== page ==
Between survival and collapse
While the world observes Labor Day today, an occasion for “celebrating the working class and laborers across the world,” workers everywhere are finding that there is little or nothing for them to celebrate.
This is because the COVID-19 pandemic has not only affected over three million people worldwide and killed over 200,000, it has also led to policies that have laid to waste prospects of continued or future employment for many.
Currently, studies say a staggering 81 percent of the global workforce of 3.3 billion have seen their places of employment shuttered with the real possibility of a permanent closure. “Social distancing” measures have led to “work from home” arrangements for a lucky few, while many more have no way of knowing if they will still have a job or source of income in the future.
“Workers and businesses are facing catastrophe, in both developed and developing economies,” says International Labor Organization director general Guy Ryder. “We have to move fast, decisively, and together. The right, urgent, measures could make the difference between survival and collapse.”
COVID-19 has been described as the “great equalizer” that threatens the health and life of anyone who is infected: rich or poor, patient or caregiver, young or old. And yet, as the New York Times points out, “In societies where the virus hits, it is deepening the consequences of inequality, pushing many of the burdens onto the losers of today’s polarized economies and labor markets.”
Camille Adle of Oxfam notes that “Poor people inordinately bear the brunt of economic shocks brought by this pandemic. Many informal, micro-, small-scale and even up to medium-scale enterprises will take the hit as compared to the larger and more established businesses.”
At the same time, people are just now realizing that certain workers are crucial to society’s survival. Top of mind would be our health workforce—doctors, nurses, medical technologists, x-ray technicians, even hospital sanitary workers—whom we often take for granted but are today hailed as heroes. With lockdowns in place, people are also seeing the necessity for public transport workers whose absence from the streets is creating hardship for many; likewise for sanitary workers since trash still needs to be collected; maintenance workers; staff in essential establishments such as markets, groceries, and pharmacies; even law enforcers. All of whom, we must point out, are poorly paid while putting their lives at risk.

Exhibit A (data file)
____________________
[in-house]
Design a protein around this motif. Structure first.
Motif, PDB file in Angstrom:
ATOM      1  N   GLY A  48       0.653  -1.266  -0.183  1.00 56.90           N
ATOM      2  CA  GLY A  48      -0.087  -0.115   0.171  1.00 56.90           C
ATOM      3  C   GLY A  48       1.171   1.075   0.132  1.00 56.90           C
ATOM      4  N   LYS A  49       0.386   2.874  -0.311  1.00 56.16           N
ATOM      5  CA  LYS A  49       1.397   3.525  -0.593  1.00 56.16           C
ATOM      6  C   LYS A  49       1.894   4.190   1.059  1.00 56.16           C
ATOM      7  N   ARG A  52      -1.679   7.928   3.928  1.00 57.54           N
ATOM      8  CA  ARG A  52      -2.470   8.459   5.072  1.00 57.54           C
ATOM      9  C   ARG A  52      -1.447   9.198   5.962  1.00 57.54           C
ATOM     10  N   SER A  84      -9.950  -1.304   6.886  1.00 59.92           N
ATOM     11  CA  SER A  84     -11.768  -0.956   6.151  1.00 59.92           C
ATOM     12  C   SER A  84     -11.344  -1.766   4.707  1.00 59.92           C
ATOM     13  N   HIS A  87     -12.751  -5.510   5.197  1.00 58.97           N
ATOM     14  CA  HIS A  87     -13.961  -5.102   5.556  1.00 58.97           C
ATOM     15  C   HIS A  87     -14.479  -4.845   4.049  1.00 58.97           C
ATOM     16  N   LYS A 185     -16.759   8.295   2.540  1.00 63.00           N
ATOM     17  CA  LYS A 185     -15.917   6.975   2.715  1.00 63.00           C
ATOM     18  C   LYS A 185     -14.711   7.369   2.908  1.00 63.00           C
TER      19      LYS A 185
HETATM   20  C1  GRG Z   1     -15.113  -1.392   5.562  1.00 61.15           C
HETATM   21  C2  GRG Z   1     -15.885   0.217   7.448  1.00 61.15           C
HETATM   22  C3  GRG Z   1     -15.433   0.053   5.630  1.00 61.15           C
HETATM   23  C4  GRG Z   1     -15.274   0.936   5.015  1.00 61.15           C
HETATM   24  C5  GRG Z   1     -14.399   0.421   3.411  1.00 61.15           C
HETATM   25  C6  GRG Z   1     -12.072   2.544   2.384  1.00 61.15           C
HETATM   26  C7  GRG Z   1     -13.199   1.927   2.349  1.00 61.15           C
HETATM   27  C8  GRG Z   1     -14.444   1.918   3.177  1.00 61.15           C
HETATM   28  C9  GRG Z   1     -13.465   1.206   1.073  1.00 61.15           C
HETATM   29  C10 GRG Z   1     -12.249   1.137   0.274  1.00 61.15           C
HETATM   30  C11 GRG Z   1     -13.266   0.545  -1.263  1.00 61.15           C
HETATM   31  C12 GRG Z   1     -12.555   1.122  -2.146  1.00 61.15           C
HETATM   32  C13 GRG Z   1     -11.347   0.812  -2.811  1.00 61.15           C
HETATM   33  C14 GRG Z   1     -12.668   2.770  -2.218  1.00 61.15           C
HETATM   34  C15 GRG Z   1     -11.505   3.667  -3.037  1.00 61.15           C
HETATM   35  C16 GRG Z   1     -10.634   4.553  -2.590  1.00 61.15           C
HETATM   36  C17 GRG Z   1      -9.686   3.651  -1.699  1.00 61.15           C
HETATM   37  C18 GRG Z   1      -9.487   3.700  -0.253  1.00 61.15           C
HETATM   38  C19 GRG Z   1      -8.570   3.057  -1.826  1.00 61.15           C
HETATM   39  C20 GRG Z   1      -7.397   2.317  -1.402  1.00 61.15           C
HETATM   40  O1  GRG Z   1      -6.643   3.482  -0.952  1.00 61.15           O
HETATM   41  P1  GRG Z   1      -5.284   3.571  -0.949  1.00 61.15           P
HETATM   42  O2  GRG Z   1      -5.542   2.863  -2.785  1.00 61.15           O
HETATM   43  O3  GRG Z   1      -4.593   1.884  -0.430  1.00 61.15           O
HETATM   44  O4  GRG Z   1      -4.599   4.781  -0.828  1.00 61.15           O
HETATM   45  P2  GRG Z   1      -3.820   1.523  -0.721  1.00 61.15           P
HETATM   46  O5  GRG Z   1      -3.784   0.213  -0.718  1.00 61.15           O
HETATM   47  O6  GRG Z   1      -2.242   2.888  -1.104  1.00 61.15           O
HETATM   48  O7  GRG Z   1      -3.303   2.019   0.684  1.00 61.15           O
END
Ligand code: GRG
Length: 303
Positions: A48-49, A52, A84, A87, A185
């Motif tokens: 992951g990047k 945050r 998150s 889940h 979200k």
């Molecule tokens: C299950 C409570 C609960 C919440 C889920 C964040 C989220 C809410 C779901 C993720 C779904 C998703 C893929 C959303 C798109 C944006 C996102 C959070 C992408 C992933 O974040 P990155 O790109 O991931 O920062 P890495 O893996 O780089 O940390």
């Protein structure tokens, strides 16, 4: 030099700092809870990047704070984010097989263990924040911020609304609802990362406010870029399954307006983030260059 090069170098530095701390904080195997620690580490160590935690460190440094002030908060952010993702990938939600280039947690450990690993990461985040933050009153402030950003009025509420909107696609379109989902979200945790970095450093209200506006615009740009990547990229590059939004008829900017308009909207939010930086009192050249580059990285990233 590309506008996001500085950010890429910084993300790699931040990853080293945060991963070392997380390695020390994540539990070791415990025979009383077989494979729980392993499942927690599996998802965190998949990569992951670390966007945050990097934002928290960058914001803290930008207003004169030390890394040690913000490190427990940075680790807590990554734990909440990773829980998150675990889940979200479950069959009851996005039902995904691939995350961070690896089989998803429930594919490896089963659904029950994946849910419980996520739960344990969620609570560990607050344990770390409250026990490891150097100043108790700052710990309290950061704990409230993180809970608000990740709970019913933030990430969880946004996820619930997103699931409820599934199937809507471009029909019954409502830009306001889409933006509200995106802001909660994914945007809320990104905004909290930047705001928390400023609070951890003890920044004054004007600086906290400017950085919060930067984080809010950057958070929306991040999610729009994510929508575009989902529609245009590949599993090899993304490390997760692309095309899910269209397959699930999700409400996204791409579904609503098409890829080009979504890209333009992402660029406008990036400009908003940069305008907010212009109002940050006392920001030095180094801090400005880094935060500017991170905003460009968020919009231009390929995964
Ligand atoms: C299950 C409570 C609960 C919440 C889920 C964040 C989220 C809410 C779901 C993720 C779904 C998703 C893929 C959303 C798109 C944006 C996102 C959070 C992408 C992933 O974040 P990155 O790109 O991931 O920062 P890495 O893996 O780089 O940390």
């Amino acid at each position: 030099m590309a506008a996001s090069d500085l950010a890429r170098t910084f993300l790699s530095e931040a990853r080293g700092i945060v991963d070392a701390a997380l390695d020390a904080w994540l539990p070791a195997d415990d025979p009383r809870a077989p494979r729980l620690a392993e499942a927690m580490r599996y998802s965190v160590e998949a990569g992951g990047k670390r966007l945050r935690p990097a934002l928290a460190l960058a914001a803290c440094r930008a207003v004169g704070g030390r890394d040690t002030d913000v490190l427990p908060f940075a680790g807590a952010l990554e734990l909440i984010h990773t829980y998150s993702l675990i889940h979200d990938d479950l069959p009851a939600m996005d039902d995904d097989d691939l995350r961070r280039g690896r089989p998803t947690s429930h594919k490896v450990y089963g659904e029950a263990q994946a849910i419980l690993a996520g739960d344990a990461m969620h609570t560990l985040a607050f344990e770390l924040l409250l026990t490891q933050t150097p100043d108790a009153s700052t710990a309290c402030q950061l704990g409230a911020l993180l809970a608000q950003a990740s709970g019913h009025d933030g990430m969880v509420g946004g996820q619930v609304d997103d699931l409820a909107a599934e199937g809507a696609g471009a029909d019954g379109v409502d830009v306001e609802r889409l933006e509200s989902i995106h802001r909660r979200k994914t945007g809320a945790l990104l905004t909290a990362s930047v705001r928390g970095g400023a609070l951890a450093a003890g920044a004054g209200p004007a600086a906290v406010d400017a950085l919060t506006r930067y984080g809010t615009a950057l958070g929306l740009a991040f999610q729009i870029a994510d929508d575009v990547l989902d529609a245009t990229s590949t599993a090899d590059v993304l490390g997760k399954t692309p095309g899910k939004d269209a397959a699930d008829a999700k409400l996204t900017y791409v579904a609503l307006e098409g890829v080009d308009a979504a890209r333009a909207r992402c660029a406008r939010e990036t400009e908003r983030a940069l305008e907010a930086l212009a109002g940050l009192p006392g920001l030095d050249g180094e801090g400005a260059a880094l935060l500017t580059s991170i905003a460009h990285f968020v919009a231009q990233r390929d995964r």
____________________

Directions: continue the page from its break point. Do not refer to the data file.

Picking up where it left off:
Research suggests, says the NYT article, that “those in lower economic strata are likelier to catch the disease, likelier to suffer loss of income or health care as a result of quarantines and other measures, potentially on a sweeping scale.” Indeed, the poor stand a greater chance of catching the disease and of dying from it. And even if they manage to steer clear of the virus, the conditions they must endure even without a quarantine make them vulnerable to “old” diseases like TB and dengue, to chronic (and often untreated) health conditions like diabetes or heart disease, and to malnutrition and even heat stroke.
If the COVID-19 emergency has taught us anything, it is that the basic inequalities of society cannot be papered over; it has in fact exacerbated them, putting them in sharp relief.
While doctors the world over are still baffled why some patients recover fairly quickly from COVID-19 or remain asymptomatic with little effect while others steadily worsen and die, one thing is clear: A person’s ability to fight off harmful organisms, one’s immunity, is developed through a lifetime. It’s not just a question of family income and background, but also of nutrition levels and access to health care, a healthy diet, enough exercise, clean air, sanitary surroundings, and stressors encountered in the course of a lifetime.
But, as the Oxfam piece laments, safe water, just to take one example, “is beyond the reach of poor communities because of access and cost barriers… The lack of access and the high costs of safe water puts the poorest and most vulnerable at risk since proper hygiene is a challenge.” Also, “many jobs have no paid sick leaves. Irregular workers, including those who are paid on a per output, takay, or pakyaw basis, are particularly vulnerable. Working from home is not an option for all workers, as in the case of jeepney drivers and service workers. Crowding cannot be avoided in mass transport systems…”
What can Filipino workers expect in the “new normal” post-COVID-19 scenario? Will previously ignored and downtrodden workers, their status elevated in the light of their crucial contributions during this crisis, be rewarded with better wages and working conditions? Or will we simply reboot and revive the old unjust order?
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